Bel Canto on a "Percussion Instrument?"

Bel Canto on a "Percussion Instrument?"

© Peter Feuchtwanger 1982

From an Illustrated Lecture first given in German for the European Piano Teachers Association at Saarbücken, Germany. Autumn 1982. English Translation by Marina Horak.

We, pianists and piano teachers all too of ten hear experts tell us that the piano is a percussion instrument, and that it does not matter at all whether the key is depressed by a pencil or by a finger, whether it is a construction worker or a pianist who strikes the note, since the quality of the tone depends merely and entirely on the speed of the action.
However, most of us suffer when the piano is being tuned and the tuner hammers out every note "con furore".
We pianists try to produce a beautiful tone without consciously thinking how quickly or how slowly the key must be depressed. The great difference between a construction worker and a sensitive pianist is, after all, contained in the capacity of imagining the sound beforehand – if this is not considered as the first priority, then we can give up making music altogether.
On a string – or a wind–instrument, as with the human voice, we can actually make music. With the "Hammerklavier" we can only create an illusion. But it is precisely this reason, the conveying of illusions, that makes the piano such a fascinating Instrument. Like a magician, the pianist can conjure up sounds, which are inspired by and can resemble the tone of other instruments. Nevertheless the piano always preserves its own individual sound and character.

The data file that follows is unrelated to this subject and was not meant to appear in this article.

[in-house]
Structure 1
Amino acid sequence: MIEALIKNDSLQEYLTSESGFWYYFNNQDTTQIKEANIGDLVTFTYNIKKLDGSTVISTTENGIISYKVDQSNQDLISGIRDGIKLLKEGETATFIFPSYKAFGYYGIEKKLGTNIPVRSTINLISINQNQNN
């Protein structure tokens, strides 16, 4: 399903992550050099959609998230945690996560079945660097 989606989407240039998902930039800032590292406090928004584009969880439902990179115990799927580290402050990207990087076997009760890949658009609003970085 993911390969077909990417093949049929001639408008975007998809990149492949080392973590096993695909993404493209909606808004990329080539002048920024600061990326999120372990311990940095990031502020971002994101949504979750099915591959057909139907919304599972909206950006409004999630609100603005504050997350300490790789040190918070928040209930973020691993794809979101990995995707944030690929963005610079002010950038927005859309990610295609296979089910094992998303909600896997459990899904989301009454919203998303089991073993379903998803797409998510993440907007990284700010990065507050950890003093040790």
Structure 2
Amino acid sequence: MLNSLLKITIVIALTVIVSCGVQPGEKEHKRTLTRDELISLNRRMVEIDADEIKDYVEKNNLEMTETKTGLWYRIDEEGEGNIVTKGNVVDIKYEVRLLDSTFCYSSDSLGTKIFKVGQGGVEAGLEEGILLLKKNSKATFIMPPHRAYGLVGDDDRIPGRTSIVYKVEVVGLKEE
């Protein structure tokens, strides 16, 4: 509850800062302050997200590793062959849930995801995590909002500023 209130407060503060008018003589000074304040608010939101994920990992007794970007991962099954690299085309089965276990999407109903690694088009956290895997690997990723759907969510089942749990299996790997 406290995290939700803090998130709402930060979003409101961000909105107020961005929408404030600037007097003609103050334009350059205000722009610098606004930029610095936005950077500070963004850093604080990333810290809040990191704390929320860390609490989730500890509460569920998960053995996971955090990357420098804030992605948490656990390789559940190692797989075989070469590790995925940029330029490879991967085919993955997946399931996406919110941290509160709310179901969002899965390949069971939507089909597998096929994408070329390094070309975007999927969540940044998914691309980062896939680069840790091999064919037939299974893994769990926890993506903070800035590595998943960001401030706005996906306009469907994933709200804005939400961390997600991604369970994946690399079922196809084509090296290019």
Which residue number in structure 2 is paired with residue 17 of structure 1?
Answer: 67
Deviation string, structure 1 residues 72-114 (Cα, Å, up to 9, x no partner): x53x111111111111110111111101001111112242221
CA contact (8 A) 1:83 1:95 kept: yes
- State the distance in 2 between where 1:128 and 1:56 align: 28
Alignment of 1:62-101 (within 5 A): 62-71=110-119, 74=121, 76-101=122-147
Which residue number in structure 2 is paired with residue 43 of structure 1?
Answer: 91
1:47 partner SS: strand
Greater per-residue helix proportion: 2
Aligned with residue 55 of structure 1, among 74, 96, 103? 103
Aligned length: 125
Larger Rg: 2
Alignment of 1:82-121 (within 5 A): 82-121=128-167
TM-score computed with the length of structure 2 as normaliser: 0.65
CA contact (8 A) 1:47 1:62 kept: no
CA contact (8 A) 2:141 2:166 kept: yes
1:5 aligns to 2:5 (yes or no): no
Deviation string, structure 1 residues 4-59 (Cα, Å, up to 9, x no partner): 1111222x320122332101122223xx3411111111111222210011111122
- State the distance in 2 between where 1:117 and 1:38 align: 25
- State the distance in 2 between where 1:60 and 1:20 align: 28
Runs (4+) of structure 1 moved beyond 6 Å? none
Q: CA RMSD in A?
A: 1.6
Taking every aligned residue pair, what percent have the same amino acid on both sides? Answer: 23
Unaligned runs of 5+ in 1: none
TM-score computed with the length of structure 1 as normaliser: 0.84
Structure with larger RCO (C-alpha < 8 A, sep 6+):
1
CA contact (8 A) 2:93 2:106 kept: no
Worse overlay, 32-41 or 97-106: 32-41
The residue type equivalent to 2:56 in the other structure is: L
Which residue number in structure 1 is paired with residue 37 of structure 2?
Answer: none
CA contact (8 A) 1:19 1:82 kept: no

Recorded Example 1.
The piano is, no doubt, the most versatile instrument and is certainly the only instrument on which it is possible to play whole symphonies and operas. But, I need not dwell on this in my present company. What I wish to emphasize is that all great pianists and composers of the past – and even some contemporary ones – were inspired by the human voice.
Why is it that the pianists of the past were much more concerned with the beauty of tone than so many pianists of the present day? Perhaps it is because we live in a noisy world, we play in, larger concert halls, which makes us believe that we have to force the tone. We also allow ourselves to indulge in ugly. Body movements at the piano, movements that interfere with the tone production that would have been unthinkable a few generations ago.
Above all, I think, we must search for the reason in the fact that the art of singing, the art of Bel Canto has been lost. The singing of today has little to do with the past achievements in this field – and the pianist has lost the ideal example of Bel Canto from its Golden Age.
We can see from a concert announcement from 1904, that Clara Haskil, then 9 years old, features next to some of the greatest singers of the time: Francesco Tamagno (1850–1905), who was Verdi's first Otello, Leo Slezak (1873–1946), and the famous Bel Canto exponent, Emma Calvé (1858–1942).
Photo–copy. Ex: 1.
Later on, when I knew Clara Haskil, she told me how her uncle and guardian, together with her piano teacher, Prof. Robert, took her often to the Vienna Opera and how unforgettable those unique voices were for her.
Those first impressions, those glorious personalities have given the stamp to Haskil's style and to her incomparable sound.
Recorded Example 2.